Nurses help in many ways. Sometimes they help strangers in a hospital, health center, clinic or other setting. Sometimes, they help strangers on their day off, like Abigail Bamber. It´s just part of the vocation of nursing, isn’t it.

A heroic off-duty nurse battled to save a man's life after he was stabbed. "I was just doing my job," said Abigail Bamber, 26. The 41-year-old victim was walking in the middle of the road covered in blood before he collapsed in Bristol, UK, in May, 2016. Abigail stepped in and began performing life-saving first aid before paramedics arrived. Abigail is a staff nurse and was off work for her birthday. As she was passing by in a car with a friend when she saw the man stumbling across the road.

The man was clearly in bad shape and Abigail asked her friend to pull over. She jumped straight into "nurse mode." When the man momentarily stopped breathing, Abigail started performing CPR, but despite her bravery, the nurse dismissed suggestions she is a hero.

Back on duty, Abigail said: ""By the time I got there, he was already on the floor…I started administering CPR. I can't remember how long I did it for. I stopped when the ambulance team got there.” Once the ambulance team arrived, they took over and started doing their bit. The victim was rushed to Southmead Hospital, Bristol, in a life-threatening condition and was in a critical but stable condition soon afterwards.

Abigail´s friend said: "No one wanted to help at all but [Abigail] helped within seconds. He was passing away but she kept it up. I don't know how he is getting on now but he would have died if she wasn't there.” Abigail says she´s not a hero and the fact she was off-duty would never stop her from helping someone in need. She adds: "I think most nurses go into nursing because it is a vocation - not a job.”

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Some nursing leadership trends emerged quietly this year, but are nonetheless provocative for how they force us to think about nursing and how they force nurses to think about themselves as caregivers and healthcare leaders. Clearly, nurses themselves are very much aware of need for improvement of patient care since only 41% of nurses describe the hospital they work in as "safe." And barely more than half (57%) believe that the patient safety programs in their hospitals are effective, according to a survey of 900 practicing registered nurses by the ANA and GE Healthcare found early this year (2014).

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The Humanitarian Side of MSN Leadership and Education

Nursing has never been an easy job, though many modern day nurses enjoy privileges nurses from WWI would never have even dreamed of. It´s heartwarming to look back and remember the brave nurses from the past.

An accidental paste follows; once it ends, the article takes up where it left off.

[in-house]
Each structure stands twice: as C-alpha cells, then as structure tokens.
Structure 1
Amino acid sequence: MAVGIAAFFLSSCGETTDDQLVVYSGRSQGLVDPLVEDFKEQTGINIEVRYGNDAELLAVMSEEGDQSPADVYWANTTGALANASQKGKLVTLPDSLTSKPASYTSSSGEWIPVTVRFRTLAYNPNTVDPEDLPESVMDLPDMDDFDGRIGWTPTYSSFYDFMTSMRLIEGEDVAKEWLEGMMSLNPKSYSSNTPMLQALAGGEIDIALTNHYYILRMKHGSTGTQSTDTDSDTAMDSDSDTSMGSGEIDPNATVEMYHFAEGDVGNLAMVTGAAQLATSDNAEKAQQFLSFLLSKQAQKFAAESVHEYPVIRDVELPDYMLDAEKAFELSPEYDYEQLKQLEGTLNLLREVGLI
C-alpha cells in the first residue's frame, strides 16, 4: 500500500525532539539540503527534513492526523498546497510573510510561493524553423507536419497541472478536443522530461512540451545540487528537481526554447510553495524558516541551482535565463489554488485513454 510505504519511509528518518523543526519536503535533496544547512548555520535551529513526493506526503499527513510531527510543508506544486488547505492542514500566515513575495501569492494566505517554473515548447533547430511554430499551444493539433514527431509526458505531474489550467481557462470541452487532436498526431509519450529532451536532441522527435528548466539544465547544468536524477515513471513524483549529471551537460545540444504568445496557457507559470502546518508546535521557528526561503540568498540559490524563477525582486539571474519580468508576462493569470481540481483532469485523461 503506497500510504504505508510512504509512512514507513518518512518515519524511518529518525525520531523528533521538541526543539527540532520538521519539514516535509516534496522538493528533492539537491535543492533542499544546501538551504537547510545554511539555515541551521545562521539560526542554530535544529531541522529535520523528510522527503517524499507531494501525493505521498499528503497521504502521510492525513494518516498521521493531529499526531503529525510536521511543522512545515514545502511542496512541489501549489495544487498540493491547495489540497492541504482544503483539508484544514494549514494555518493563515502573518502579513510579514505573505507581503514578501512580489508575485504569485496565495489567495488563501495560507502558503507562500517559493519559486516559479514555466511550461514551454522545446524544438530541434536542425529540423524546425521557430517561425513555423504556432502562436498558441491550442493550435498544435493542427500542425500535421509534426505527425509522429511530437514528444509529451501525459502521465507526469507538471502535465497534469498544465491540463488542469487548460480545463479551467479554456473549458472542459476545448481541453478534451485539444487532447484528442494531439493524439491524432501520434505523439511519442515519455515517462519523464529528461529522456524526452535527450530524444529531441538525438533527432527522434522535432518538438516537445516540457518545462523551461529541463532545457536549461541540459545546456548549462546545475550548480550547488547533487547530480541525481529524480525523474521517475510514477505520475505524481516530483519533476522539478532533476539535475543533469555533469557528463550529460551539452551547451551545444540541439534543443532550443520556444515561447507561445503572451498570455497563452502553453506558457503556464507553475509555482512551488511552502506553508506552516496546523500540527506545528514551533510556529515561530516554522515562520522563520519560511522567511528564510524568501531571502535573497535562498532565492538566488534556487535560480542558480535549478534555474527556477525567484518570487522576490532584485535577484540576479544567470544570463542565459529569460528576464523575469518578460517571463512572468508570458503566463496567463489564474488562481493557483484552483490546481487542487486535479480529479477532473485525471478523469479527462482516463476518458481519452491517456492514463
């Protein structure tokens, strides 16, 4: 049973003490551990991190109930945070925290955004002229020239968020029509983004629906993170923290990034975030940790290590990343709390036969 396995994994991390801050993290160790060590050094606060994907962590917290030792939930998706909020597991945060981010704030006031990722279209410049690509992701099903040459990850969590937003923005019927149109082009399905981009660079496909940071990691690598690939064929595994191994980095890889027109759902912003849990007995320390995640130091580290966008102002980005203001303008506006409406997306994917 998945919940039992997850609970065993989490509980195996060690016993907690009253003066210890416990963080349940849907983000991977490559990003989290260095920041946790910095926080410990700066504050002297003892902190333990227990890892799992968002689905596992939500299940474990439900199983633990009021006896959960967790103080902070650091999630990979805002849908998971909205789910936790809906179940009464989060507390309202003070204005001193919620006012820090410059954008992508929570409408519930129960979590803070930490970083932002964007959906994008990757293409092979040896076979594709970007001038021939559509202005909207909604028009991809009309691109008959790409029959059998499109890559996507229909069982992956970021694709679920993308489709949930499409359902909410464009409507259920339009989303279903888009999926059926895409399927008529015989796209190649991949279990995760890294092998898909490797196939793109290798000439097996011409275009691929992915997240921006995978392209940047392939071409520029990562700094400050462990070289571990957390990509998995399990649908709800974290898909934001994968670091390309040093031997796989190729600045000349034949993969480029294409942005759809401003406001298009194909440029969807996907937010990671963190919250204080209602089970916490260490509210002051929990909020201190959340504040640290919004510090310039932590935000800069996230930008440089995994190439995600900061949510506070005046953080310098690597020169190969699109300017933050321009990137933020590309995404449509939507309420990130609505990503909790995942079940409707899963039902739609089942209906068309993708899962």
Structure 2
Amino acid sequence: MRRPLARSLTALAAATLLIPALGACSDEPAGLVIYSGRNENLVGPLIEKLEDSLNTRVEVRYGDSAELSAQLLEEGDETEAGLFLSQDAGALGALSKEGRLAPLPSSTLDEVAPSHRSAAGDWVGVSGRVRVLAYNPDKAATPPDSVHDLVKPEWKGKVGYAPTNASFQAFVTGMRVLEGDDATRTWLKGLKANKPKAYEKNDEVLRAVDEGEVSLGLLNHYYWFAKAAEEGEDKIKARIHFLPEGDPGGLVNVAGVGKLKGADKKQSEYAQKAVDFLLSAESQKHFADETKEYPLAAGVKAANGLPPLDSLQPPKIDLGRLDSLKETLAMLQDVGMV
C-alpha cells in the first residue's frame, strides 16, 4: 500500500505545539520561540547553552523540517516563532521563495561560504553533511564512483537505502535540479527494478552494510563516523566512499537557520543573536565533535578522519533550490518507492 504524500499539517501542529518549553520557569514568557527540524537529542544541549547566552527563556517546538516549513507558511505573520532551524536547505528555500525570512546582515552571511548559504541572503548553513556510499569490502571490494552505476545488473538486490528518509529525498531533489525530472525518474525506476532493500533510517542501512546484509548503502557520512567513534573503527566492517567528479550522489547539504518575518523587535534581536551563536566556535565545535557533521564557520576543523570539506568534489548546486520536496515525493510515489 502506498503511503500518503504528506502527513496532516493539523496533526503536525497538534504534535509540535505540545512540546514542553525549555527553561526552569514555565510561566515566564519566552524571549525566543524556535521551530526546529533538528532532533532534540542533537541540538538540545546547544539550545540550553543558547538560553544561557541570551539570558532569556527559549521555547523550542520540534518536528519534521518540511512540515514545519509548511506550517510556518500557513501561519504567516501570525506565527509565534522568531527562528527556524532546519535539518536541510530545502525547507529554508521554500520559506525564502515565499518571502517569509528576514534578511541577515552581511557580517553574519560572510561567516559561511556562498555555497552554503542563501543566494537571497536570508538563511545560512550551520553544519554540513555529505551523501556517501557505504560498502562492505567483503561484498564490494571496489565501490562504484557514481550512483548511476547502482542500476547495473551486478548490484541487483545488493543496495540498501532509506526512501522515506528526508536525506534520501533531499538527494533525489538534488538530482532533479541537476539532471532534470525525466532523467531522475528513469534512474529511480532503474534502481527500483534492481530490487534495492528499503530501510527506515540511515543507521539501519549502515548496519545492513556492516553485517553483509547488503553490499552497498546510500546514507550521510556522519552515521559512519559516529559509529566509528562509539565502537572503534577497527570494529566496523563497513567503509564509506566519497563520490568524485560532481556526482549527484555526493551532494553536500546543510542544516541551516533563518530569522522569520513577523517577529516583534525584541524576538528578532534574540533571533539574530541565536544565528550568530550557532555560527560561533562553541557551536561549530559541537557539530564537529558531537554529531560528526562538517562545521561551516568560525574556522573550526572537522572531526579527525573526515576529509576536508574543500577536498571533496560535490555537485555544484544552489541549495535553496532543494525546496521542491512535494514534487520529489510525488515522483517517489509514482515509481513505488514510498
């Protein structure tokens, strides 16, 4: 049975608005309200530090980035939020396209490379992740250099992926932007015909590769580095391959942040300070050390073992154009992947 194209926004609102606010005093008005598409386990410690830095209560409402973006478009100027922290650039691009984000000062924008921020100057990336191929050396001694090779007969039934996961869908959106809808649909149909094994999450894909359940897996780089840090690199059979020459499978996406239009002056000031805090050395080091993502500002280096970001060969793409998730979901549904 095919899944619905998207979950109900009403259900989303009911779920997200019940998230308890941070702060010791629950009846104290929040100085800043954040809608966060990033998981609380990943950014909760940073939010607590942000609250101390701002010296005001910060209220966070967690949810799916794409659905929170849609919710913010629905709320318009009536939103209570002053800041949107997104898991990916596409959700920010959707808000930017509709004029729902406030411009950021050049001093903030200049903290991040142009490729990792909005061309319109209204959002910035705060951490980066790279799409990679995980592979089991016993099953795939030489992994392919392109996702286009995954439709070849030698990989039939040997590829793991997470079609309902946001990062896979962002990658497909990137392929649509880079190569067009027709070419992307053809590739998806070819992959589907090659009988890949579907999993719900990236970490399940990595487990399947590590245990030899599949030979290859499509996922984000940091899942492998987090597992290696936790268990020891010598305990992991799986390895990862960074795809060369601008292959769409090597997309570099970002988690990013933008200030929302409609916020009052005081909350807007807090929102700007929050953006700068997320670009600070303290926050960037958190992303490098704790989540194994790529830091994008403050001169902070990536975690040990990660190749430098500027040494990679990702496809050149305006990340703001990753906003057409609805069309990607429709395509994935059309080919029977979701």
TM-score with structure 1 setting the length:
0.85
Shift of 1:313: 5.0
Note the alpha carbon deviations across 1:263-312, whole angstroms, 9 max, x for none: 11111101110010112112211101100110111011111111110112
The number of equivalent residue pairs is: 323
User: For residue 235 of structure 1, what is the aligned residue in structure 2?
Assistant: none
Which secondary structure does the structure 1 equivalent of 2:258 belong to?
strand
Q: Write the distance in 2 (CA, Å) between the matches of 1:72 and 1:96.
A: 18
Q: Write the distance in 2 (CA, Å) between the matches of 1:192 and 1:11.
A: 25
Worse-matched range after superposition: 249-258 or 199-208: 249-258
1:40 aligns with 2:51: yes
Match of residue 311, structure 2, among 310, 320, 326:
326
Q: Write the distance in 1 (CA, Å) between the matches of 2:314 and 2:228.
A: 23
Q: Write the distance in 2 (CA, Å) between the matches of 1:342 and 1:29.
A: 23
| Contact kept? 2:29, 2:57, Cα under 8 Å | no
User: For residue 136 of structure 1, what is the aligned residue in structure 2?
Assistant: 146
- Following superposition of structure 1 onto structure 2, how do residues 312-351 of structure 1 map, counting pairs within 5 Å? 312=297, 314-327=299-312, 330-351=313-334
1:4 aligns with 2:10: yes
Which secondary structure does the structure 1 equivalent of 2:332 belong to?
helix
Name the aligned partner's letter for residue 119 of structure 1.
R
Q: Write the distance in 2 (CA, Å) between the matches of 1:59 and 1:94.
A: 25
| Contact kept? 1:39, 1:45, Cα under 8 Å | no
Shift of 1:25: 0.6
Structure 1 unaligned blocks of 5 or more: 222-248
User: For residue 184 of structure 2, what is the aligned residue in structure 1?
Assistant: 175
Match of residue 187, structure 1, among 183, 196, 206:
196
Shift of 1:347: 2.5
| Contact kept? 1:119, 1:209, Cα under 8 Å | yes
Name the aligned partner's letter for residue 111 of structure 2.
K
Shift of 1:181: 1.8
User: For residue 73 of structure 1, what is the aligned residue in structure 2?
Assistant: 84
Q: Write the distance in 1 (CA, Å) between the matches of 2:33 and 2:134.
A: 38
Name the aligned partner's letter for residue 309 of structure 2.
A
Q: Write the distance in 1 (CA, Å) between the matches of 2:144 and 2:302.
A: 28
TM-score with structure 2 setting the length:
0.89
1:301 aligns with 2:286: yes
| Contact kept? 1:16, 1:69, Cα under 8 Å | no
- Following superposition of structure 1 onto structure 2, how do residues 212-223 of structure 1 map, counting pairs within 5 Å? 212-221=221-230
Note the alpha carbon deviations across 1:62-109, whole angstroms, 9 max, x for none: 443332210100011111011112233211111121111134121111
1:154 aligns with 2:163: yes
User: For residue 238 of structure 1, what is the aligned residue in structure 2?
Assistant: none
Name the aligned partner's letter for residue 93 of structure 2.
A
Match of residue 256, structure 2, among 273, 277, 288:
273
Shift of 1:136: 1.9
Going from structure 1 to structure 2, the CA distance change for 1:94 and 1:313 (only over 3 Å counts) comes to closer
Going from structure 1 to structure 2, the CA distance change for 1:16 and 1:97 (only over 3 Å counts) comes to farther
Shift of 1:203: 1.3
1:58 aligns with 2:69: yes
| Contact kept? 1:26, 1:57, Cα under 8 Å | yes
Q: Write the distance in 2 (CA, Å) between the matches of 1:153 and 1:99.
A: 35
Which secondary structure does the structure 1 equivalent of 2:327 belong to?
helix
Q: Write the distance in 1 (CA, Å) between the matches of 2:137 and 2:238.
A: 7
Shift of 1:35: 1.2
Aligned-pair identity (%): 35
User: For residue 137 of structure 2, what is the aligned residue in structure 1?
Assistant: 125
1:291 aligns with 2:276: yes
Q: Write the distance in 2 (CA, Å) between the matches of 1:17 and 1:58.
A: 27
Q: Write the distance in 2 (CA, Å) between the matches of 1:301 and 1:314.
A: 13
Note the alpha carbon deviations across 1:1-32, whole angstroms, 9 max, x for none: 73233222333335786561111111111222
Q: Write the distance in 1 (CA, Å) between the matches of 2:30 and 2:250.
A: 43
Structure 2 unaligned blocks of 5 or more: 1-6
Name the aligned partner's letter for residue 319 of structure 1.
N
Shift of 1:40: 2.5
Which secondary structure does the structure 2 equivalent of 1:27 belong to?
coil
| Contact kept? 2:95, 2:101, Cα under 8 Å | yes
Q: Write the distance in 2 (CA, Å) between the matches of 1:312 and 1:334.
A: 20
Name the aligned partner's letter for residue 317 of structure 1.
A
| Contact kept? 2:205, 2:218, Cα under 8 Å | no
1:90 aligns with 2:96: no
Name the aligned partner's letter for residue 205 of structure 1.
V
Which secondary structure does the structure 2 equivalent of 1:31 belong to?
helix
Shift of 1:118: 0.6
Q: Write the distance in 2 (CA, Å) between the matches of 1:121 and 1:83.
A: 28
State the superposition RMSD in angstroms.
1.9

Lenah Higbee was one of the first nurses to join the U.S. Navy Nurse Corps, when it was established in 1908. This move required sacrifice and perseverance, as many members of the Navy considered female nurses unwelcome and they were not even given rank. Lenah Higbee really put her all into navy nursing, and was quickly appointed Chief Nurse. Just a few years later, she was promoted to Superintendent of the Nurse Corps, and became the second woman to ever hold this position. Higbee was the first female to be awarded the Navy Cross for her absolute devotion to duty during WWI. After her death, a naval combat ship was named USS Higbee in her honor.

Linnie Leckrone has always been one of the unsung heroes of WWI. She was part of a small gas and shock team that worked tirelessly in France during the conflict. Despite displaying extraordinary bravery while caring for the wounded after an extremely violent artillery attack, her return home went unmarked. There was no parade and no welcome-home ceremony for Linnie Leckrone.

Although Leckrone was in line to be awarded a Citation Star for her efforts, she was discharged from the army before it was formally presented. Her courageous service was finally recognized in 2007, when her daughter accepted a Silver Star for her.

The Silver Star is the third-highest award for bravery granted by the U.S. military, and Linnie Leckrone was one of the first few women to receive one. 

Elsa Brandstrom was nicknamed “the Angel of Siberia”. The daughter of the Swedish ambassador to Tsar Nicholas II, she was in Russia during the outbreak of WWI. Determined to help, she voluntarily put her nursing skills to use in the Russian army.

In 1915, Brandstrom was in Siberia with the Swedish Red Cross helping German prisoners of war. When her Russian work permit was revoked, it didn’t stop her. She carried on traveling to Siberia illegally for two years until the Russian authorities arrested her in Omsk in 1920.

When she was released, she went straight back to Sweden and launched a campaign to help prisoners of war. She fundraised enough to found a children’s home with room for more than 200 orphans. She later moved to the United States and married, but she also dedicated herself to helping German and Austrian refugees there.

Higbee, Leckrone and Brandstrom all performed their duty and regularly exceeded it. But why? Were they destined to do humanitarian work? Did they wonder about the humanitarian side of nursing, just like you?

If you´re in the process of applying for an MSN, and a specialty in leadership and education is what you´d like to focus on, we wholeheartedly support you. Please let us know if we can help you with your personal statement of purpose.